UN negotiator confident of specific climate deal
Issued on: Modified:
UN negotiator Yvo de Boer said at a meeting with EU ministers in Brussels that he was confident that countries will reach a specific agreement during a key climate summit in Copenhagen next month.
AFP - The UN's top climate official voiced optimism Monday that some kind of agreement could be salvaged at world talks on global warming next month, sensing US President Barack Obama will come with a target and financing.
UN negotiator Yvo de Boer has already said it would be impossible to conclude a comprehensive climate treaty during the talks opening in Copenhagen. However, ahead of a meeting with EU ministers in Brussels, he told AFP that "I think we will have a very specific agreement."
This was likely to include "a list of rich country targets (and) clarity on what major developing countries like India and China are willing to do," he said.
That optimism was boosted by "the pledges many countries are making, Brazil, (South) Korea, Russia, most recently Japan made a very encouraging announcement over financial contributions," he added.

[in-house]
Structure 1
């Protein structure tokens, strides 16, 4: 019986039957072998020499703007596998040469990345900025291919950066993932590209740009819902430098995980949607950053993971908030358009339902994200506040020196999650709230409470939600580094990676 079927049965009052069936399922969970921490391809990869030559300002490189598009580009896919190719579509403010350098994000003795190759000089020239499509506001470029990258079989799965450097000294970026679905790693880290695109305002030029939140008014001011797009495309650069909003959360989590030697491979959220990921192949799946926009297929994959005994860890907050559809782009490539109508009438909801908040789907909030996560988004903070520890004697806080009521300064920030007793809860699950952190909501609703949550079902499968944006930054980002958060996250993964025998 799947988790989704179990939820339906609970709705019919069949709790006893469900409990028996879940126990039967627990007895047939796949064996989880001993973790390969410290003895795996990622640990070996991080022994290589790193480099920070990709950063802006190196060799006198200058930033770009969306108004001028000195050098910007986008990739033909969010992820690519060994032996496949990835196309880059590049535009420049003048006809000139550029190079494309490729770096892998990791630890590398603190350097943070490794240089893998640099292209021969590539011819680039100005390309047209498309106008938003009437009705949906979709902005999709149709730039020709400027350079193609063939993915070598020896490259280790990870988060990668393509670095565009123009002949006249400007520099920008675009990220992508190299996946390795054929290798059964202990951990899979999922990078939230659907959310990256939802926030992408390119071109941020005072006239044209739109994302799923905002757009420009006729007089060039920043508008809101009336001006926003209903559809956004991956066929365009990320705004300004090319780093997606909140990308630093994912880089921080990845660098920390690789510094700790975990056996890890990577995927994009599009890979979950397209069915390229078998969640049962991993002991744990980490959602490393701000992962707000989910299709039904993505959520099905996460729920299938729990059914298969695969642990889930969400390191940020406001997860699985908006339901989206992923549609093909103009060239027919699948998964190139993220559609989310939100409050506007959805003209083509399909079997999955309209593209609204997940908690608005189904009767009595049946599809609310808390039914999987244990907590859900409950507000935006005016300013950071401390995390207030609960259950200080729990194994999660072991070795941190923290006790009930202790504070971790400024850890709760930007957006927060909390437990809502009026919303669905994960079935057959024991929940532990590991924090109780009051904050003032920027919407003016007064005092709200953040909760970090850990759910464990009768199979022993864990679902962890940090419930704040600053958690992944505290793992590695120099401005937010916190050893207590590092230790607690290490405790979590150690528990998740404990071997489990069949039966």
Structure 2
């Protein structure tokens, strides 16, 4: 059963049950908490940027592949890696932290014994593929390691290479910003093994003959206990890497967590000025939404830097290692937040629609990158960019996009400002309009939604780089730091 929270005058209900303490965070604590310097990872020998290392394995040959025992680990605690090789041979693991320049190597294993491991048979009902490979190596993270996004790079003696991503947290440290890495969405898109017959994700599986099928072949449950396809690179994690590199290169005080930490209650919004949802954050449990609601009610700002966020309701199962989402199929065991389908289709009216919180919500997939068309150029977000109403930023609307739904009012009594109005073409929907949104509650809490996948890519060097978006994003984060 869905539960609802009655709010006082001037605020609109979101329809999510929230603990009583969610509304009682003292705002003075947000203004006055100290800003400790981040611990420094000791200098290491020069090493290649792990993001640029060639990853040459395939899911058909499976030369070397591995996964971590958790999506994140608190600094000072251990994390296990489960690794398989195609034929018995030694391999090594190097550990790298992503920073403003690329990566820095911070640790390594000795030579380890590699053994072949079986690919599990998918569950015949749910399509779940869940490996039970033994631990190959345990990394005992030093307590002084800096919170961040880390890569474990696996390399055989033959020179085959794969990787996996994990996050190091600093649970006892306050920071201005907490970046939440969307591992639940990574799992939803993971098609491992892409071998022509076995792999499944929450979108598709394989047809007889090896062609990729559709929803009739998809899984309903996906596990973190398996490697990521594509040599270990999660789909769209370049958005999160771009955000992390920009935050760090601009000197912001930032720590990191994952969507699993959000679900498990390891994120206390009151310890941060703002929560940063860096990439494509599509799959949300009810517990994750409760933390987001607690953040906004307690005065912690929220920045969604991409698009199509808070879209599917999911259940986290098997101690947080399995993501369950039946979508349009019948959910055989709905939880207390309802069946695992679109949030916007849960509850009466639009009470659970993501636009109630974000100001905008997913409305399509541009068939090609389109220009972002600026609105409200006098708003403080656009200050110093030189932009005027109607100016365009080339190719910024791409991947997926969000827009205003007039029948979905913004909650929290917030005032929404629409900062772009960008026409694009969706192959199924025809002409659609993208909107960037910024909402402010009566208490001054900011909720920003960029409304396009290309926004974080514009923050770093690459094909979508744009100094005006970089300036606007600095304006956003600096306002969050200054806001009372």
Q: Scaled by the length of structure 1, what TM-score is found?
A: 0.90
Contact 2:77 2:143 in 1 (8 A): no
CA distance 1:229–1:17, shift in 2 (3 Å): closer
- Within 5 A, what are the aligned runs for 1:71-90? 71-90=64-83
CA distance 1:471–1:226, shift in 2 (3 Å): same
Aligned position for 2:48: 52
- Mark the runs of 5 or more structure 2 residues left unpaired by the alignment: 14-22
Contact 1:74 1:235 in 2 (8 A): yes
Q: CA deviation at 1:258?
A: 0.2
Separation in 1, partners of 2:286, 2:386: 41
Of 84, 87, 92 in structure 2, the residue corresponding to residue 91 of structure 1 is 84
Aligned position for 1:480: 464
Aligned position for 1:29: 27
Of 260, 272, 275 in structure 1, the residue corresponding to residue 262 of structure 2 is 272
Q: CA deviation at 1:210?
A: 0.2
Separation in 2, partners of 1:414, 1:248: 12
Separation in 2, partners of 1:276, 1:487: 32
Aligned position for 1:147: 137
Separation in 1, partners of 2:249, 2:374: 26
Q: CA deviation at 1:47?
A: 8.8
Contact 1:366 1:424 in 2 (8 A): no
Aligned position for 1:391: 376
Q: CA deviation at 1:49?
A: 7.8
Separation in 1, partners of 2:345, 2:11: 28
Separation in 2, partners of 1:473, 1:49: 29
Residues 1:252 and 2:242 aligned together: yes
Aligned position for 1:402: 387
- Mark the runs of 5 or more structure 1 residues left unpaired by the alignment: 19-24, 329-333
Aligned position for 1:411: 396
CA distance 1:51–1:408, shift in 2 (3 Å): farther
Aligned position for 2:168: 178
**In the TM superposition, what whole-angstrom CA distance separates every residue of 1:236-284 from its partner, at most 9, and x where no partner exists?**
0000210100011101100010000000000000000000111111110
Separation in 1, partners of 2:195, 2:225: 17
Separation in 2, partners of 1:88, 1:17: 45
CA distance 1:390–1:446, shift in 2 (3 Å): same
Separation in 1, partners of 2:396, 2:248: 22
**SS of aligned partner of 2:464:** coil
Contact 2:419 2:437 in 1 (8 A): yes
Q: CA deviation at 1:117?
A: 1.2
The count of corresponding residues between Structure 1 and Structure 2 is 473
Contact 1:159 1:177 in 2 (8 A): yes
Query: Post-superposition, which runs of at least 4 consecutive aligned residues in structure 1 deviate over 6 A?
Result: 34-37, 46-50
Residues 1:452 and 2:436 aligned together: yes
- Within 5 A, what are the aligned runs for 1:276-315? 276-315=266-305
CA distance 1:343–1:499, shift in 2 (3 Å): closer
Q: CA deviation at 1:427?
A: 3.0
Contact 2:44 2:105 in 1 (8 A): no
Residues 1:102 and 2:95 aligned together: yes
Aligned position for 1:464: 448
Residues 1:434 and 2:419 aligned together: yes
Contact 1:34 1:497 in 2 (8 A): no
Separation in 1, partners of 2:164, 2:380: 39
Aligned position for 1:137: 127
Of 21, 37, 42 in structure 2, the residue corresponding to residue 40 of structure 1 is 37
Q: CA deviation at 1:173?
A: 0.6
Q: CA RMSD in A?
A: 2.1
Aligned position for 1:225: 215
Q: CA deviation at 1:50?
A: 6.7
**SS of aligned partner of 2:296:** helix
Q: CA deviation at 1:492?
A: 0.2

De Boer also said that he expected "we will have clarity on finances as well, so a list of contributions."
For these goals to be meaningful and attainable then major greenhouse gas emitter United States must bring something to the table. De Boer said he was optimistic.
"The key issue here at the moment is the United States," he said.
"My sense is Obama will be in a position to come to Copenhagen with a target and and a financial contribution."
Last week Democratic Senate Majority Leader Harry Reid said the Senate would not enact fresh legislation on tackling climate change until next year.
"We are going to try to do that some time in the spring," Reid said, confirming that the US Congress will not adopt any such measures or legislation to combat climate change before the December 7-18 global climate change talks in the Danish capital.
"They are not going to finalise the legislation before Copenhagen, but they don't need to," said the upbeat de Boer.
"Not a single country that signed the Kyoto accord had legislation in place, they all developed the legislation afterwards and then ratified the treaty."
Daily news briefReceive essential international news every morningSubscribe